Holmes must repay principal and interest in equal annual payments.d. (This question requires coverage of Chapter 13.) Ascertain the value of Holmes' common shareholders' equity using the residual income approach.e. (This question requires coverage of Chapter 14.) Ascertain the value of Holmes' common shareholders' equity using the residual ROCE model and the price-to-earnings ratio and the market value to book value of comparable companies' approaches. Selected data for similar companies for Year 15 appear in the following table (amounts in millions):
f. Would you attempt to acquire Holmes Corporation after completing the analyses in Requirements a-e? If not, how would you change the analyses to make this an attractive LBO?Contingent liabilities
A contingent liability is an obligation of business related to an uncertain future event. The business must record it in its financial statements if the amount can be reliably estimated and it is probable that amount will be paid by business as a... Intangible Assets
An intangible asset is a resource controlled by an entity without physical substance. Unlike other assets, an intangible asset has no physical existence and you cannot touch it.Types of Intangible Assets and ExamplesSome examples are patented... Financial Statements
Financial statements are the standardized formats to present the financial information related to a business or an organization for its users. Financial statements contain the historical information as well as current period’s financial... Common Stock
Common stock is an equity component that represents the worth of stock owned by the shareholders of the company. The common stock represents the par value of the shares outstanding at a balance sheet date. Public companies can trade their stocks on... GAAP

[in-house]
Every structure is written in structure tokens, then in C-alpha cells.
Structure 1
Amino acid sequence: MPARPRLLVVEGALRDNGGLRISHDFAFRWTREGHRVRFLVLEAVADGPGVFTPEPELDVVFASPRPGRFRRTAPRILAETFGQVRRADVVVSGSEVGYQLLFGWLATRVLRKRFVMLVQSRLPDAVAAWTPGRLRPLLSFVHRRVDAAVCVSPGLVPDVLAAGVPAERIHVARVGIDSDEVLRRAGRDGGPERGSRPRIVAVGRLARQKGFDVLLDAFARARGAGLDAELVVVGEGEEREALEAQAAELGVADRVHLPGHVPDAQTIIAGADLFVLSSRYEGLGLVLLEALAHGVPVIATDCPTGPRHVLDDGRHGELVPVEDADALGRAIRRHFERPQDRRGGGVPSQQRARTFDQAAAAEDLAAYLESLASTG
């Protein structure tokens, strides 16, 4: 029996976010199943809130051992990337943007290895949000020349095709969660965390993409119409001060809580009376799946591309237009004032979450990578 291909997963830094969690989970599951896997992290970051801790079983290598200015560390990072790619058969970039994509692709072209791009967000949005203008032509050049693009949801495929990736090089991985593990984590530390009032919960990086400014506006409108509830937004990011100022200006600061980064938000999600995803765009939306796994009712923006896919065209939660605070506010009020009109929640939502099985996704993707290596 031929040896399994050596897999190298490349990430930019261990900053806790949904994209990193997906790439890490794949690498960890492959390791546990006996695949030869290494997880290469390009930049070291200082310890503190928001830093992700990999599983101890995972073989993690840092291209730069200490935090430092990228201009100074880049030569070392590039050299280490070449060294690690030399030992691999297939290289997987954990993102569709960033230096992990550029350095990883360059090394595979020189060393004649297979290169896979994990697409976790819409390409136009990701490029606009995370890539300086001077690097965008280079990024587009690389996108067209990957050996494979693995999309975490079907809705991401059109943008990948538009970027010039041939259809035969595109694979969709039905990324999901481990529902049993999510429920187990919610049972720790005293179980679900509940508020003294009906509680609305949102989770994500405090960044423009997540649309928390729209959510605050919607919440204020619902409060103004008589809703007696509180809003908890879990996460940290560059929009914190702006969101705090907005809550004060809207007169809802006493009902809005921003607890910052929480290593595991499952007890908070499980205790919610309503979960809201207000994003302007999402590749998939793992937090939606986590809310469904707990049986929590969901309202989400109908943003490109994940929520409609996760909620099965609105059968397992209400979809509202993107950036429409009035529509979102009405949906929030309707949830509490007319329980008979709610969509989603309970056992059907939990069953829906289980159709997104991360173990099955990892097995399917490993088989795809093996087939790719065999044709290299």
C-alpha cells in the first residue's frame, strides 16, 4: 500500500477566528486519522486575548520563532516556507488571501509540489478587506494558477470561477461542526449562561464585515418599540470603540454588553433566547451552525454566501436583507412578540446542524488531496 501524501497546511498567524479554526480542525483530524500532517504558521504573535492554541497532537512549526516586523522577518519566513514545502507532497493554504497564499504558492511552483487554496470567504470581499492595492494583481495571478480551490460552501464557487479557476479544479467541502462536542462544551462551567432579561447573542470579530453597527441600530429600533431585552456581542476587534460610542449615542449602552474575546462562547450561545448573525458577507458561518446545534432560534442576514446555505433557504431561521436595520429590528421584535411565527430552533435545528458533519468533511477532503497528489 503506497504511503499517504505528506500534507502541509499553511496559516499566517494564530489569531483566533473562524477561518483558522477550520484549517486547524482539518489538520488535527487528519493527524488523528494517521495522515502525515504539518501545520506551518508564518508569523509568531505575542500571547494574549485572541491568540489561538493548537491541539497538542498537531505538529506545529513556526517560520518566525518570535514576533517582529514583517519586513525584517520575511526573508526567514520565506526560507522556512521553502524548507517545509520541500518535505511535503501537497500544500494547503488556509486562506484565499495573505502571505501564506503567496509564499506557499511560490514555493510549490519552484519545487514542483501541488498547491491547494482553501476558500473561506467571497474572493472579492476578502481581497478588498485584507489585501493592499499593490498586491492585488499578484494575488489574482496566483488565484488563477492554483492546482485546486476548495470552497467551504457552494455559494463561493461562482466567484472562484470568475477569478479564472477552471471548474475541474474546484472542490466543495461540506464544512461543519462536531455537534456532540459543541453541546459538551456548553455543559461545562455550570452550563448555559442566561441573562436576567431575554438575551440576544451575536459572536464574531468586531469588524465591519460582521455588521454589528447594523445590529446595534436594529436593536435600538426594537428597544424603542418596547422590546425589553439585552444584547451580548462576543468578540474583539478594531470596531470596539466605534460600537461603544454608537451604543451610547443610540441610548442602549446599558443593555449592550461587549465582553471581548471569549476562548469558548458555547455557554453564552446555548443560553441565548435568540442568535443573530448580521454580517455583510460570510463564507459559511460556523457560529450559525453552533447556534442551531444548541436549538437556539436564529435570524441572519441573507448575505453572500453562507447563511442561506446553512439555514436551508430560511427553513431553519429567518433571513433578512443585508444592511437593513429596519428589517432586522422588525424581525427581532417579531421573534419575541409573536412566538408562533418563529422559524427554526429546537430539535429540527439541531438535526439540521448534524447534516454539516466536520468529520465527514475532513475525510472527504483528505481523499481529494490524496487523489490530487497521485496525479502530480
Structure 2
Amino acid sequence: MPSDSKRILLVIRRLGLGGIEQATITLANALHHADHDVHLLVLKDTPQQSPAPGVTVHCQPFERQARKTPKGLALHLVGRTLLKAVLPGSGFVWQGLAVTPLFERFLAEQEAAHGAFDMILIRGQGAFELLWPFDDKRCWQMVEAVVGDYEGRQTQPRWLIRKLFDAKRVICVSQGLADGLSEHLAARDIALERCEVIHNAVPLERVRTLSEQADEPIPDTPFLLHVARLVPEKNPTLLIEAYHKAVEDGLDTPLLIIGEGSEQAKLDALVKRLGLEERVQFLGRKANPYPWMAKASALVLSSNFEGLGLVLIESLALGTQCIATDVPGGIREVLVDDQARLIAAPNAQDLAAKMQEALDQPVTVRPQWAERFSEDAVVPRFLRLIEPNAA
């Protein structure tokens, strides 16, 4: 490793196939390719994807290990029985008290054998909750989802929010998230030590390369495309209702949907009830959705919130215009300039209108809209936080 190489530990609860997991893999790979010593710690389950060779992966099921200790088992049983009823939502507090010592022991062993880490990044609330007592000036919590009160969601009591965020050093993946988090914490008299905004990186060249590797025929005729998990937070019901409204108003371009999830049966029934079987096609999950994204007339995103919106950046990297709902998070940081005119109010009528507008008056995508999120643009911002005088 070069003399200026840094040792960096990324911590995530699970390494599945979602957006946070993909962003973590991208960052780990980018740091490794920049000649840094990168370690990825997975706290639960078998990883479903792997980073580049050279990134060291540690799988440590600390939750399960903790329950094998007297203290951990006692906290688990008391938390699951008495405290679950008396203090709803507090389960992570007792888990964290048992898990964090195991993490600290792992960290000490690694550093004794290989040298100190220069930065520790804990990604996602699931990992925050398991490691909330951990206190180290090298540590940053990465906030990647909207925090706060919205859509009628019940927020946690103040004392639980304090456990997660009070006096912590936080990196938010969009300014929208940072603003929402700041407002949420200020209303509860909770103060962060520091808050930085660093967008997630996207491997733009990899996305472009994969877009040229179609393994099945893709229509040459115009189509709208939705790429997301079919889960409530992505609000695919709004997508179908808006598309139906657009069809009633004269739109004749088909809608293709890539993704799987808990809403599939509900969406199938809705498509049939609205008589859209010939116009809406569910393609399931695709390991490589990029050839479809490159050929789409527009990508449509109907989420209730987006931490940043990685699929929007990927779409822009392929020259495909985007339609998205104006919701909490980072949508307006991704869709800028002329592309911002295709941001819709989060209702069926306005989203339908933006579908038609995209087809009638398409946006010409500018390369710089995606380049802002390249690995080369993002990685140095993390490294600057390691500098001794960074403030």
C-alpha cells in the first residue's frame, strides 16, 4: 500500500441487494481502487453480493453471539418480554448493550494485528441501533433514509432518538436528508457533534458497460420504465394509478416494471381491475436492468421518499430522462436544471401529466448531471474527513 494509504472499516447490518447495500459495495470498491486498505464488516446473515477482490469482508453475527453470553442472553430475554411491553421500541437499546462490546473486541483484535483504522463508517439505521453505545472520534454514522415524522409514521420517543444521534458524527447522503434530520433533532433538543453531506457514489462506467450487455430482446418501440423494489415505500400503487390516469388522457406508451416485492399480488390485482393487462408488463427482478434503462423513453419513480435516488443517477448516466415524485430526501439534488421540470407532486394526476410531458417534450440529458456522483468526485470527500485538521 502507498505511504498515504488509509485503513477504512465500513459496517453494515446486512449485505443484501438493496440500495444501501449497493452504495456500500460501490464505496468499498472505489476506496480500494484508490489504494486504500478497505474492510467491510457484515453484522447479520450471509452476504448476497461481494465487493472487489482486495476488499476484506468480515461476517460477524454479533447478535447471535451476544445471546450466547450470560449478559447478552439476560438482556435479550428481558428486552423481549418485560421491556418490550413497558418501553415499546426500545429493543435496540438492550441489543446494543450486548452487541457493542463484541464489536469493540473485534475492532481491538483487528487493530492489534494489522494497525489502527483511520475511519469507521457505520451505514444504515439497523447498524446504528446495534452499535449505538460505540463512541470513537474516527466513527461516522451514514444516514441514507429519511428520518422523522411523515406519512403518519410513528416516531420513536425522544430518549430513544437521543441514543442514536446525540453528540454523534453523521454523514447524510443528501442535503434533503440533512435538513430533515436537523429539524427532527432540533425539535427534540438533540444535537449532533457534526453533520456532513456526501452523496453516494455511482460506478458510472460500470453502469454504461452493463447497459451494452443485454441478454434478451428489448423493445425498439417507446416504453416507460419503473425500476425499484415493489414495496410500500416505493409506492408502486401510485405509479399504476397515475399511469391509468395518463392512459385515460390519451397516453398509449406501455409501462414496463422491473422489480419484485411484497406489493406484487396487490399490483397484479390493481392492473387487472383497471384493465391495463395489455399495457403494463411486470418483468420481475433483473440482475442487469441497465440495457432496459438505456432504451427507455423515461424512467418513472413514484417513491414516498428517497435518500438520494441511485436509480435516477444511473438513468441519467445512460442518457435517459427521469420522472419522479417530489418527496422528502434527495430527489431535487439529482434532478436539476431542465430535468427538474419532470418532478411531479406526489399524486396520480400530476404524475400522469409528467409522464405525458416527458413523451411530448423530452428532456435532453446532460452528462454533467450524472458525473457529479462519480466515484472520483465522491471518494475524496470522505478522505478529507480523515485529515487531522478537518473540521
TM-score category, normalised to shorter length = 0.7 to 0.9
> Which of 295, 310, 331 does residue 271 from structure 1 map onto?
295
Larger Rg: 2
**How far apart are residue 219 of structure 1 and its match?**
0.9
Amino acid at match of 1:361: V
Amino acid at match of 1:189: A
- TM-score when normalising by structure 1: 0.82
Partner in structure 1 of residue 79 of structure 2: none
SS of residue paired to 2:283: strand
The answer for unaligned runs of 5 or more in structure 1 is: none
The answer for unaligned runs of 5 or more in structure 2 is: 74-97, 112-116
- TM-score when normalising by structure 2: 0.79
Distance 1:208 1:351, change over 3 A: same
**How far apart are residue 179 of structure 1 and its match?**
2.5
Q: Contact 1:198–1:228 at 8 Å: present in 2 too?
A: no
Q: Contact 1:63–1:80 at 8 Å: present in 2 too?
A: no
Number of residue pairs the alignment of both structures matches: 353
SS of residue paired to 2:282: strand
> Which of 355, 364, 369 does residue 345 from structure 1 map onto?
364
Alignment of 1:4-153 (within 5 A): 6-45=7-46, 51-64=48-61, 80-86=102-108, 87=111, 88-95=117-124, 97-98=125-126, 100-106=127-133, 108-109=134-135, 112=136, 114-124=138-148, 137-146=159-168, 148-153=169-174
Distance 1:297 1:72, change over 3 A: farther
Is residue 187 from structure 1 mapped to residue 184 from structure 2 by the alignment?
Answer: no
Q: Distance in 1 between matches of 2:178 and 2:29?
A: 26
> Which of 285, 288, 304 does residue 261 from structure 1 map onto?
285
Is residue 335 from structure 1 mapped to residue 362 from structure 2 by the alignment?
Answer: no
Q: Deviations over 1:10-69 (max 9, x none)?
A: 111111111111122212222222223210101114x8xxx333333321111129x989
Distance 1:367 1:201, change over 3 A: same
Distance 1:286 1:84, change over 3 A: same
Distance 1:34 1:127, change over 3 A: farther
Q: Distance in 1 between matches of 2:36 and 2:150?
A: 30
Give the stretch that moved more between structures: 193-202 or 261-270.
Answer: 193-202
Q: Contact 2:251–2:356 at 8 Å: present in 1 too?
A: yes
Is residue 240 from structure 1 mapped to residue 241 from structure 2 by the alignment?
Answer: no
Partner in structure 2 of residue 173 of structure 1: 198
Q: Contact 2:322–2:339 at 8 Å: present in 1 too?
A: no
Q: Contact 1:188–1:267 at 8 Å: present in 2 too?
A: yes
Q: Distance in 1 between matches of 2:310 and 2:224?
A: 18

Generally Accepted Accounting Principles (GAAP) is the accounting standard adopted by the U.S. Securities and Exchange Commission (SEC). While the SEC previously stated that it intends to move from U.S. GAAP to the International Financial Reporting Standards (IFRS), the... Balance Sheet
Balance sheet is a statement of the financial position of a business that list all the assets, liabilities, and owner’s equity and shareholder’s equity at a particular point of time. A balance sheet is also called as a “statement of financial... Corporation
A Corporation is a legal form of business that is separate from its owner. In other words, a corporation is a business or organization formed by a group of people, and its right and liabilities separate from those of the individuals involved. It may... Par Value
Par value is the face value of a bond. Par value is important for a bond or fixed-income instrument because it determines its maturity value as well as the dollar value of coupon payments. The market price of a bond may be above or below par,...